TABLE OF NUTRITION ASSISTANCE BLOCK GRANT PROGRAMS

CFDA#

Program Name

2008

2011

Change from 2008-2011

10.551

Supplemental Nutrition Assistance Program

$37,456,100,041

$71,765,696,186

$34,309,596,145

10.555

National School Lunch Program

$8,097,726,000

$10,320,844,000

$2,223,118,000

10.557

Special Supplemental Nutrition Program for Women, Infants, and Children

$6,006,400,000

$7,123,458,000

$1,117,058,000

10.553

School Breakfast Program

$2,393,028,000

$3,075,846,000

$682,818,000

10.558

Child and Adult Care Food Program

$139,715,100

$2,732,119,000

$2,592,403,900

10.559

Summer Food Service Program for Children

$312,203,000

$376,829,000

$64,626,000

10.569

Emergency Food Assistance Program (Food Commodities)

$189,935,658

$228,400,000

$38,464,342

10.560

State Administrative Expenses for Child Nutrition

$174,134,000

$208,646,000

$34,512,000

10.565

Commodity Supplemental Food Program

$140,806,821

$196,444,000

$55,637,179

10.578

WIC Grants To States (WGS)

$8,257,616

$175,022,690

$166,765,074

10.582

Fresh Fruit and Vegetable Program

$40,000,000

$115,481,000

$75,481,000

10.568

Emergency Food Assistance Program (Administrative Costs)

$49,650,000

$70,300,000

$20,650,000

10.579

Child Nutrition Discretionary Grants Limited Availability

$3,206,404

$29,821,000

$26,614,596

10.572

WIC Farmers' Market Nutrition Program (FMNP)

$19,860,000

$23,282,876

$3,422,876

10.576

Senior Farmers Market Nutrition Program

$206,000,000

$22,102,289

-$183,897,711

10.556

Special Milk Program for Children

$15,120,000

$12,381,000

-$2,739,000

10.583

Hunger Free Communities

$0

$4,978,000

$4,978,000

10.225

Community Food Projects

$4,800,000

$4,800,000

$0

10.577

SNAP Partnership Grant

$0

$2,500,000

$2,500,000

10.316

Healthy Urban Food Enterprise Development Center (HUFED)

$0

$900,000

$900,000

10.588

Assessment of Alternatives to Face-to-Face Interviews in SNAP

$0

$492,181

$492,181

10.575

Farm to School Grant Program

$0

$0

$0

10.584

SNAP Research Grants

$0

$0

$0

10.589

Child Nutrition Direct Certification Performance Awards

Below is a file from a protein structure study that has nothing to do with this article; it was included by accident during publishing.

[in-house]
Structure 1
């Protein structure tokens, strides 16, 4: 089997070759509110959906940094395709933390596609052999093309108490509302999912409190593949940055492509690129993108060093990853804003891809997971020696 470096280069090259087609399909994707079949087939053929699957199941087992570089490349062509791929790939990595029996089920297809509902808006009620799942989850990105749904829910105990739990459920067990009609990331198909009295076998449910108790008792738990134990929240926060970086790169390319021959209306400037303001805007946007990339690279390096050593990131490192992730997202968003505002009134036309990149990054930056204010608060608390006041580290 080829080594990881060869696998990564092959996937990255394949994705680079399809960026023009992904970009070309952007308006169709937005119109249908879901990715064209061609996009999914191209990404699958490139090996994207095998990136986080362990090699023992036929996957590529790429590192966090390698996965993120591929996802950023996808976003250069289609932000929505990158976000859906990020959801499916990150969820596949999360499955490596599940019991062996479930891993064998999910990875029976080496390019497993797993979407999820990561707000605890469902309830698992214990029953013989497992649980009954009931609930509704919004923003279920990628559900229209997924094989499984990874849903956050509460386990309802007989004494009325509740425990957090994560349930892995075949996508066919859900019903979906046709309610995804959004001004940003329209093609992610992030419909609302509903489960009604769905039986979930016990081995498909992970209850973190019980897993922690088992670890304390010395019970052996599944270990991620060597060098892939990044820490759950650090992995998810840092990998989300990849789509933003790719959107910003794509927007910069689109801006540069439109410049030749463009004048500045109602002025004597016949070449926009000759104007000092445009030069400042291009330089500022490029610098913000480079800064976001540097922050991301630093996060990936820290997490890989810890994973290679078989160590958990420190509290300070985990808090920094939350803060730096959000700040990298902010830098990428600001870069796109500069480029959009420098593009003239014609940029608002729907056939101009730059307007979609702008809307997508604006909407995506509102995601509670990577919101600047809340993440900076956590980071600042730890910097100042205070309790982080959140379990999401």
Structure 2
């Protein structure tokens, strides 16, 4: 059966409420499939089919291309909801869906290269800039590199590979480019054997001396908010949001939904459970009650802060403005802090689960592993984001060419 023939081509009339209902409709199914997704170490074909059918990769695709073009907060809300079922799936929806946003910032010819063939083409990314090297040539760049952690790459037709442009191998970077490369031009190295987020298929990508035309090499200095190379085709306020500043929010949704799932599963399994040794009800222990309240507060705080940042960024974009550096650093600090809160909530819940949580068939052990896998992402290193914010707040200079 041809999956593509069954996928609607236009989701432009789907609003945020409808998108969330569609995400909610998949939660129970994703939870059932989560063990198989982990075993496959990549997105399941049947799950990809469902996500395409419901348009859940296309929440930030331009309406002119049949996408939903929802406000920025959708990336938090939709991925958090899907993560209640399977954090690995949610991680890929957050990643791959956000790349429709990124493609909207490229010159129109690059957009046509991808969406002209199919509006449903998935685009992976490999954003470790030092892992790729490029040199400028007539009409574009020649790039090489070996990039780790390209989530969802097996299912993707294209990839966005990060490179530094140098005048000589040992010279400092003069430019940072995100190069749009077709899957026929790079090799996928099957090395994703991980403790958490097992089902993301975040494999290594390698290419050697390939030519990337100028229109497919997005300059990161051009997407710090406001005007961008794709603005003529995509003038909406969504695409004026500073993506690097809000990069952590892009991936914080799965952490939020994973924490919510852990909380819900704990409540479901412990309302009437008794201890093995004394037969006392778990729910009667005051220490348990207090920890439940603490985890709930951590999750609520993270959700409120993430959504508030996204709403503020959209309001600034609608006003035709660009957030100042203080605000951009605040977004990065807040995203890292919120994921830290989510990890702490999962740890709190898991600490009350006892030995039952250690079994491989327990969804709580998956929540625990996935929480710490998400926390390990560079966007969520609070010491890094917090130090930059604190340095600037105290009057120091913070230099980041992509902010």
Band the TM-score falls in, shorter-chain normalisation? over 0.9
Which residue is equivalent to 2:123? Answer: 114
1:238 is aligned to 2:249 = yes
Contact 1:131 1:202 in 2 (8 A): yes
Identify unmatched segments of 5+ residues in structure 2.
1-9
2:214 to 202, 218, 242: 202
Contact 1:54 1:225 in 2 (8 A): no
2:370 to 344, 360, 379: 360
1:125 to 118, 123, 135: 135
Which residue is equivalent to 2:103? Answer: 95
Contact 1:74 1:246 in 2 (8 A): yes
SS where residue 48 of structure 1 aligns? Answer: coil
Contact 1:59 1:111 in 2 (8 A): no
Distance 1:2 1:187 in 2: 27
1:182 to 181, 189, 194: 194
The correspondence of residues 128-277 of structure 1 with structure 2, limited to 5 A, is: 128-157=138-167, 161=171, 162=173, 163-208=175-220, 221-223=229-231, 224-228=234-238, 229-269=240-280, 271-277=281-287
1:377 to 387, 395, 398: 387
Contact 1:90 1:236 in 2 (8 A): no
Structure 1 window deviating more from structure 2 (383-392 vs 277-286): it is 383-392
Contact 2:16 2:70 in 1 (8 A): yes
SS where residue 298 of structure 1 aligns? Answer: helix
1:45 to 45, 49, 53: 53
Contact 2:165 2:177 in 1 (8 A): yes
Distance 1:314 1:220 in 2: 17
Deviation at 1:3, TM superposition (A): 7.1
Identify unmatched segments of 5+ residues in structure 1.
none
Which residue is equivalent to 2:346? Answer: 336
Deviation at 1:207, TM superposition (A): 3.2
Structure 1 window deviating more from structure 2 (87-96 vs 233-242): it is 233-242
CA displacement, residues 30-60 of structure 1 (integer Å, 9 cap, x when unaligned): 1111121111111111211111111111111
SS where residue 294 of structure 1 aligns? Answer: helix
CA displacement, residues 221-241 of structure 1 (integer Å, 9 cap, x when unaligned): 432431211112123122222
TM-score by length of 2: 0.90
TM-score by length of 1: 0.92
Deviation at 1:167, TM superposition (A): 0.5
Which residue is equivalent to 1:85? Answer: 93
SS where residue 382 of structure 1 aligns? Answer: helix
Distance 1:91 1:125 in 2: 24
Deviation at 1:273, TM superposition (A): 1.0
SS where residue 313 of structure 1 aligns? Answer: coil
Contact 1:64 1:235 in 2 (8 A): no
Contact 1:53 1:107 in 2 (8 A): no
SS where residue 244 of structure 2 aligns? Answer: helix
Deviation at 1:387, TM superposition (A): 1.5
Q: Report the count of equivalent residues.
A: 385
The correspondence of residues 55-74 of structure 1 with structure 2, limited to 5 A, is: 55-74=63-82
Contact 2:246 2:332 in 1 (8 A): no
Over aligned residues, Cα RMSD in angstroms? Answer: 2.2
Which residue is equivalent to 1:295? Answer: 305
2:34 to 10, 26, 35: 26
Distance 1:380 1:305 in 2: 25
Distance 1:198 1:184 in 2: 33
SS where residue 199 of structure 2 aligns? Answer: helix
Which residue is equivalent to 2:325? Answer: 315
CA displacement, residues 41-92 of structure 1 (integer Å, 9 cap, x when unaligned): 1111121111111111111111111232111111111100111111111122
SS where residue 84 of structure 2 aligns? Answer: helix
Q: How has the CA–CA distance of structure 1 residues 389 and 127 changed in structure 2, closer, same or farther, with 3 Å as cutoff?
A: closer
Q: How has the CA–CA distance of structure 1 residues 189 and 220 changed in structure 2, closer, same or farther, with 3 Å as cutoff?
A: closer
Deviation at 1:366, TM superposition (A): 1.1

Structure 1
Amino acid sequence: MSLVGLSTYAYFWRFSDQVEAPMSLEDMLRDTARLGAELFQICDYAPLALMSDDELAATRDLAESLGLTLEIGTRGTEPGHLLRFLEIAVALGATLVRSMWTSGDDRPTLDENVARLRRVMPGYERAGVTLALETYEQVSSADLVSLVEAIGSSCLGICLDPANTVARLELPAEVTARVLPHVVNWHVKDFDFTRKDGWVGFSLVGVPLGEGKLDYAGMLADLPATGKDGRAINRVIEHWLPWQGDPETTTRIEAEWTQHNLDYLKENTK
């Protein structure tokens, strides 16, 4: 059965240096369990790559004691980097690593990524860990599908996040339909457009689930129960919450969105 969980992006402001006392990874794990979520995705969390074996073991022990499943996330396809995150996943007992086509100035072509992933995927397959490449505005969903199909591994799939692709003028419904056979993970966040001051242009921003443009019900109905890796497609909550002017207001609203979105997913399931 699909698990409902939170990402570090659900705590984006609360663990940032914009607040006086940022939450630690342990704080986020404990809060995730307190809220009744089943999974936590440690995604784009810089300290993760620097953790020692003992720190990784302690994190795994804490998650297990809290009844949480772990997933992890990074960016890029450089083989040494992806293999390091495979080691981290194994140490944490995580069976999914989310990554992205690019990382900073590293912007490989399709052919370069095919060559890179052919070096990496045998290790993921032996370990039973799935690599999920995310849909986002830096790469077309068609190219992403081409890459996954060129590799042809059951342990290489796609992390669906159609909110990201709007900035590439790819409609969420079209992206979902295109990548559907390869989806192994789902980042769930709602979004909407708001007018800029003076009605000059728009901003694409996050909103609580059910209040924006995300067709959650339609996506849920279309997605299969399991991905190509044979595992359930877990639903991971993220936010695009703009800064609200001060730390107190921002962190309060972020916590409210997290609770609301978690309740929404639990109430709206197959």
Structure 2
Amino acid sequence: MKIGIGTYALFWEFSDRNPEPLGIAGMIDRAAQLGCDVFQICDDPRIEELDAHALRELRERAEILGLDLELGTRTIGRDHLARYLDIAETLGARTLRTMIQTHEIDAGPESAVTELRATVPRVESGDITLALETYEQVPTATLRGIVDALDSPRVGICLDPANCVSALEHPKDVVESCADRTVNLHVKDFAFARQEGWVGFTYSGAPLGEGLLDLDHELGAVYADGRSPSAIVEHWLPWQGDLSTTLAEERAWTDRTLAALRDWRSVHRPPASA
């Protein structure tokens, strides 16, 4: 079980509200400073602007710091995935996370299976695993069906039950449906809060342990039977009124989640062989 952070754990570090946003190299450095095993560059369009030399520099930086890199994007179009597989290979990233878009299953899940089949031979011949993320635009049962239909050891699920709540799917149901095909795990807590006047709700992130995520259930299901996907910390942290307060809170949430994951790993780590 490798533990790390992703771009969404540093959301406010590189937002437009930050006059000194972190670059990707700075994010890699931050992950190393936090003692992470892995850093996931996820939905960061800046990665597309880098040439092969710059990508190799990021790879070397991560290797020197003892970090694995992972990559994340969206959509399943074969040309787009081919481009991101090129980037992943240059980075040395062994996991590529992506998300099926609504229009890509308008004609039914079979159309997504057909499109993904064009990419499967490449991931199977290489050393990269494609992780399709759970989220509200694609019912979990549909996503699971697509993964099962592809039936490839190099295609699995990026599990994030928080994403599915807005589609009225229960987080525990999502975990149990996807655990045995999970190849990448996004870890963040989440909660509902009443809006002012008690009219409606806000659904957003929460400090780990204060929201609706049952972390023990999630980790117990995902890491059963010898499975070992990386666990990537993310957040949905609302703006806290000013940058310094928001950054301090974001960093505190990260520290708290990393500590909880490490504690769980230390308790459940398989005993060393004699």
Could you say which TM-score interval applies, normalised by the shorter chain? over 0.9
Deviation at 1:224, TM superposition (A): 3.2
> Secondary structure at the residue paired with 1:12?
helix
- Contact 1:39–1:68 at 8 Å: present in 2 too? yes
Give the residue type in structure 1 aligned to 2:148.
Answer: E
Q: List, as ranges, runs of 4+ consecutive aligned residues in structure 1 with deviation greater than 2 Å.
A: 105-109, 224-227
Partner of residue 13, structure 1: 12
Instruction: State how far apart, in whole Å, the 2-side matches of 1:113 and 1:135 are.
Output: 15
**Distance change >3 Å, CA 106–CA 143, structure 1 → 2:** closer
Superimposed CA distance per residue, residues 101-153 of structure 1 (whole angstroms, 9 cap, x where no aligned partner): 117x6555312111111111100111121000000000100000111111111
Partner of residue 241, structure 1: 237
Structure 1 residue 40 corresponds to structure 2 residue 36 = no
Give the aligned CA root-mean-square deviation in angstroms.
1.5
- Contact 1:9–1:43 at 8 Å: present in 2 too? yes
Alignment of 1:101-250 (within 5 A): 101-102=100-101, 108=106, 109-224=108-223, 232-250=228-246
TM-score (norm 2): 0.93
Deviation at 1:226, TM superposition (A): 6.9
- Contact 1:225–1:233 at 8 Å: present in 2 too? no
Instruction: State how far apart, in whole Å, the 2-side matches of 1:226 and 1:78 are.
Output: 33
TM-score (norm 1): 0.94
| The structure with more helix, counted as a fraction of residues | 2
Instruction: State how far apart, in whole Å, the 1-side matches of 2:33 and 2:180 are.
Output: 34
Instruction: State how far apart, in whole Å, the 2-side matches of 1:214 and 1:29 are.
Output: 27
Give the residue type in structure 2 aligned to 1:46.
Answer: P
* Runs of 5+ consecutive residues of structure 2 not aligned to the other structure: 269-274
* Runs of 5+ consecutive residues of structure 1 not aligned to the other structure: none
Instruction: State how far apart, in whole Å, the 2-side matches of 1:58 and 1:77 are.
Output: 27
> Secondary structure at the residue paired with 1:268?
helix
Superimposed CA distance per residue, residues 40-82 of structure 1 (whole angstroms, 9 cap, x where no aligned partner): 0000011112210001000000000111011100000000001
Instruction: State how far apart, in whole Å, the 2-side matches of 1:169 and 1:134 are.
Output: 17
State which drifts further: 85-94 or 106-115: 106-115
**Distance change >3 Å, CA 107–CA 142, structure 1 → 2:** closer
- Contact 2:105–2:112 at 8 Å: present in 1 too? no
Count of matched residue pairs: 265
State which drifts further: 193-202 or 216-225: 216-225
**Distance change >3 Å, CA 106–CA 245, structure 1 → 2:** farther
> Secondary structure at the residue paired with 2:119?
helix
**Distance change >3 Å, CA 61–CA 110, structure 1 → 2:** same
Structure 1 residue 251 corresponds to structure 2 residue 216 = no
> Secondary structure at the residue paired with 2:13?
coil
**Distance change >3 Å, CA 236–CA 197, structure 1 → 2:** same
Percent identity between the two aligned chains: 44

$0

$0

$0

Total

$55,256,942,640

$96,490,343,222

$41,233,400,582

  1. USDA, Supplemental Nutrition Assistance Program Participation and Costs Summary Table, (U.S. Department of Agriculture, Data as of November 9, 2012). http://www.fns.usda.gov/pd/SNAPsummary.htm.
  2. CBO, "An Overview of the Supplemental Nutrition Assistance Program," prepared by Kathleen FitzGerald, Emily Holcombe, Molly Dahl, and Jonathan Schwabish (Congressional Budget Office, April 19, 2012). http://www.cbo.gov/publication/43175
  3. USDA, Supplemental Nutrition Assistance Program Participation and Costs Summary Table, (U.S. Department of Agriculture, Data as of November 9, 2012). http://www.fns.usda.gov/pd/SNAPsummary.htm.
  4. USDA, Supplemental Nutrition Assistance Program: Average Monthly Participation (Households) Table, (U.S. Department of Agriculture, Data as of November 9, 2012). http://www.fns.usda.gov/pd/16SNAPpartHH.htm
  5. OMB, FY2012 Budget of the U.S. Government, Historical Tables pages 247-248. http://www.whitehouse.gov/sites/default/files/omb/budget/fy2013/assets/hist.pdf
  6. USDA, Supplemental Nutrition Assistance Program Participation and Costs Summary Table, (U.S. Department of Agriculture, Data as of November 9, 2012). http://www.fns.usda.gov/pd/SNAPsummary.htm.
  7. OMB, FY2012 Budget of the U.S. Government, Historical Tables pages 247-248. http://www.whitehouse.gov/sites/default/files/omb/budget/fy2013/assets/hist.pdf
  8. Fiscal Year 2013 Appendix; Budget of the U.S. Government; Office of Management and Budget; page 177; http://www.whitehouse.gov/sites/default/files/omb/budget/fy2013/assets/appendix.pdf
  9. Department of Agriculture; 2010 Budget Appendix; page 178; http://www.gpo.gov/fdsys/pkg/BUDGET-2010-APP/pdf/BUDGET-2010-APP-1-5.pdf
  10. Ibid, p. 176.
  11. CBO, The Supplemental Nutrition Assistance Program (Washington, DC: Congressional Budget Office, April 2012), p. 5. http://www.cbo.gov/sites/default/files/cbofiles/attachments/04-19-SNAP.pdf
  12. The Federal Response to Calls for Increased Aid from USDA's Food Assistance Program (CRS R41076); Richardson, Joe; February 17, 2010; pg 3; http://www.nationalaglawcenter.org/assets/crs/R41076.pdf
  13. Ibid, p. 3.
  14. Michigan $2 million lottery winner on food stamps, Reuters, May 18, 2011.
  15. Schneider: Felony charge filed in lobster steak Bridge Card case, Lansing State Journal, June 7, 2011.
  16. Supplemental Nutrition Assistance Program: Average Monthly Participation (Persons); http://www.fns.usda.gov/pd/15SNAPpartPP.htm
  17. "Securing the Safety Net," a report by The Carleson Center for Welfare Reform (January, 2013). http://theccwr.org/